“Look up the word ‘bizarre’ in the dictionary. It doesn’t mean dark. Was Eternal Sunshine Of The Spotless Mind a dark film? It was bizarre. No dictionary in the world says bizarre means dark or vice versa. This is the problem with Indians; they come with fixed notions. What is the definition of dark? Tell me!”– An exasperated No Smoking writer/director Anrag Kashyap in an interview
DIRECTED BY: Anurag Kashyap
FEATURING: John Abraham, Ayesha Takia, Ranvir Shorey, Kiku Sharda, Paresh Rawal
PLOT: K, an arrogant businessman and highly-addicted chain smoker, agrees to enter a smoking-cessation program after his wife threatens to leave him. Going to the address his friend gave him, K is led through a labyrinth and forced to sign a contract which specifies that his loved ones will be harmed in increasingly severe ways every time he smokes a cigarette. Naturally, K relapses into smoking and is caught, eventually winding up trapped in a nightmare world.
- The script (at least its early sections) bears some striking similarities to Stephen King‘s short story “Quitters, Inc.,” which was previously a segment of the 1985 anthology Cat’s Eye. The writer/director admits the story was an inspiration, although the credits do not mention King.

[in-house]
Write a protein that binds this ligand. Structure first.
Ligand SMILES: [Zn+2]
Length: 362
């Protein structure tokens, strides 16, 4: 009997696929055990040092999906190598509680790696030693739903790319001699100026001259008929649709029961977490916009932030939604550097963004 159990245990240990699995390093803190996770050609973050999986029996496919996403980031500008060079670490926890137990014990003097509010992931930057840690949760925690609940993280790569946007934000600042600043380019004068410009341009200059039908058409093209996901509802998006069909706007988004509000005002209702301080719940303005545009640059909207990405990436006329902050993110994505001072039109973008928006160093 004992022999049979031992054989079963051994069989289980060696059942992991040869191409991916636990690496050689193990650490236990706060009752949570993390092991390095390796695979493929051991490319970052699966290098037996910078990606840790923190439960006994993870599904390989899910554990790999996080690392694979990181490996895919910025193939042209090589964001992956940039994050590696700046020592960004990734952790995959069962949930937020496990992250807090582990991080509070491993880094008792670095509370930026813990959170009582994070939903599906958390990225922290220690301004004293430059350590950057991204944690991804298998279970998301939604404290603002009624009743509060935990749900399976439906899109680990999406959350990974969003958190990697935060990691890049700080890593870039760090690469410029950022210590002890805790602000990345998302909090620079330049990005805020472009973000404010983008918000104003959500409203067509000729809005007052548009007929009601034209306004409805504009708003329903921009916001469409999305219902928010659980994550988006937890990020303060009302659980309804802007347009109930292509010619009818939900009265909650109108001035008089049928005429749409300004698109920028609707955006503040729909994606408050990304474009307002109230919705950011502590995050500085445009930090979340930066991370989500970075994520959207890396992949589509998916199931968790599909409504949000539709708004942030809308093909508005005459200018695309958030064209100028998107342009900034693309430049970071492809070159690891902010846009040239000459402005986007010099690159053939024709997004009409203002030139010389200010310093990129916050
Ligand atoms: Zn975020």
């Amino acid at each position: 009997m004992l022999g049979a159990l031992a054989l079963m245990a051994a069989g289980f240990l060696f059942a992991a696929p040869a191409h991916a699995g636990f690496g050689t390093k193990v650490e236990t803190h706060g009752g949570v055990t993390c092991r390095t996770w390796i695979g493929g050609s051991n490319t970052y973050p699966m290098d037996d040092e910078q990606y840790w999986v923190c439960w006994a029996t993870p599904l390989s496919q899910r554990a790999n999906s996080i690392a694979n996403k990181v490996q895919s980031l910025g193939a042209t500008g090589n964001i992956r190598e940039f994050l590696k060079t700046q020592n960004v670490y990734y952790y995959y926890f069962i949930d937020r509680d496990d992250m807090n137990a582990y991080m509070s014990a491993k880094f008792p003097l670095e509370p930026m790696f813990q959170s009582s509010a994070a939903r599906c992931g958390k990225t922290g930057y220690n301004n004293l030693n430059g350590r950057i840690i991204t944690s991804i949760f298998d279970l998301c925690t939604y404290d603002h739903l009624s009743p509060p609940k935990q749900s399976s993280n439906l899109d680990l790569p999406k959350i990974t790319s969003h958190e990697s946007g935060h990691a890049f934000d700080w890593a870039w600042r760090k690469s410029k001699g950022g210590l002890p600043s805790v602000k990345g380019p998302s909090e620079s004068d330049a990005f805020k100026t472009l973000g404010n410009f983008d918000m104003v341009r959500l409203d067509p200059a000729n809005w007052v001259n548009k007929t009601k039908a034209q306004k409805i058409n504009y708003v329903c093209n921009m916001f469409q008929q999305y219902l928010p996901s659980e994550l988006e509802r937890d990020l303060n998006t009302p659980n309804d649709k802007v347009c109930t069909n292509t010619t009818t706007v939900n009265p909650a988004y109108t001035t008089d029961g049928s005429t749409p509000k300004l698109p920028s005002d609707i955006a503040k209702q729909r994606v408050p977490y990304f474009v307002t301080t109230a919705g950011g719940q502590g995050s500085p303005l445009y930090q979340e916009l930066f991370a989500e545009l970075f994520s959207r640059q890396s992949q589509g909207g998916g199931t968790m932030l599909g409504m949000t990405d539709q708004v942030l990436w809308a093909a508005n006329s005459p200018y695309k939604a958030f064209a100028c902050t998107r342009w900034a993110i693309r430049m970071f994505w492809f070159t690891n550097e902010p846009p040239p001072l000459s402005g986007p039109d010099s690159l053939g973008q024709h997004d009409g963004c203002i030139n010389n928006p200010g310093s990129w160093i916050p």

- No Smoking was Anurag Kashyap’s third movie, but the first one released in India. His debut, Paanch, was never released outside of international film festivals due to state censorship (for violence and drug use); his second film, Black Friday, a true crime story, was delayed while a court case was pending and released after No Smoking. He later achieved mainstream success with 2009’s Dev D, an adaptation of a popular novel.
- No Smoking was a colossal flop in its native India, where it baffled audiences with little exposure to psychological thrillers or surreal cinema.
INDELIBLE IMAGE: The bathtub sitting alone on a snowy plain in Siberia, just in sight of what appears to be a Soviet-era gulag, which appears in dream sequences at the beginning and end of the movie.
THREE WEIRD THINGS: Hitler’s Indian buddy; Fosse’s cigarette cabaret; banana peel suicide
WHAT MAKES IT WEIRD: No Smoking isn’t quite what would result if David Lynch got a wild hair to direct a Bollywood film—but it’s a reasonable approximation. With its theme of bad men forced to forgo their vices against their will, it’s a bit like a Hindi twist on A Clockwork Orange, as well, only with more elaborate musical numbers. With the tropes of Indian popular cinema colliding against a Western-style neo-surrealist narrative, No Smoking is neither fish nor fowl; it totally confounded Indian audiences used to simple stories with happy endings, and it will probably confound you, too.
Hindi trailer for No Smoking
COMMENTS: Anurag Kashyap’s Advice for How to Stop Smoking in Five Easy Steps:
- Get professional help.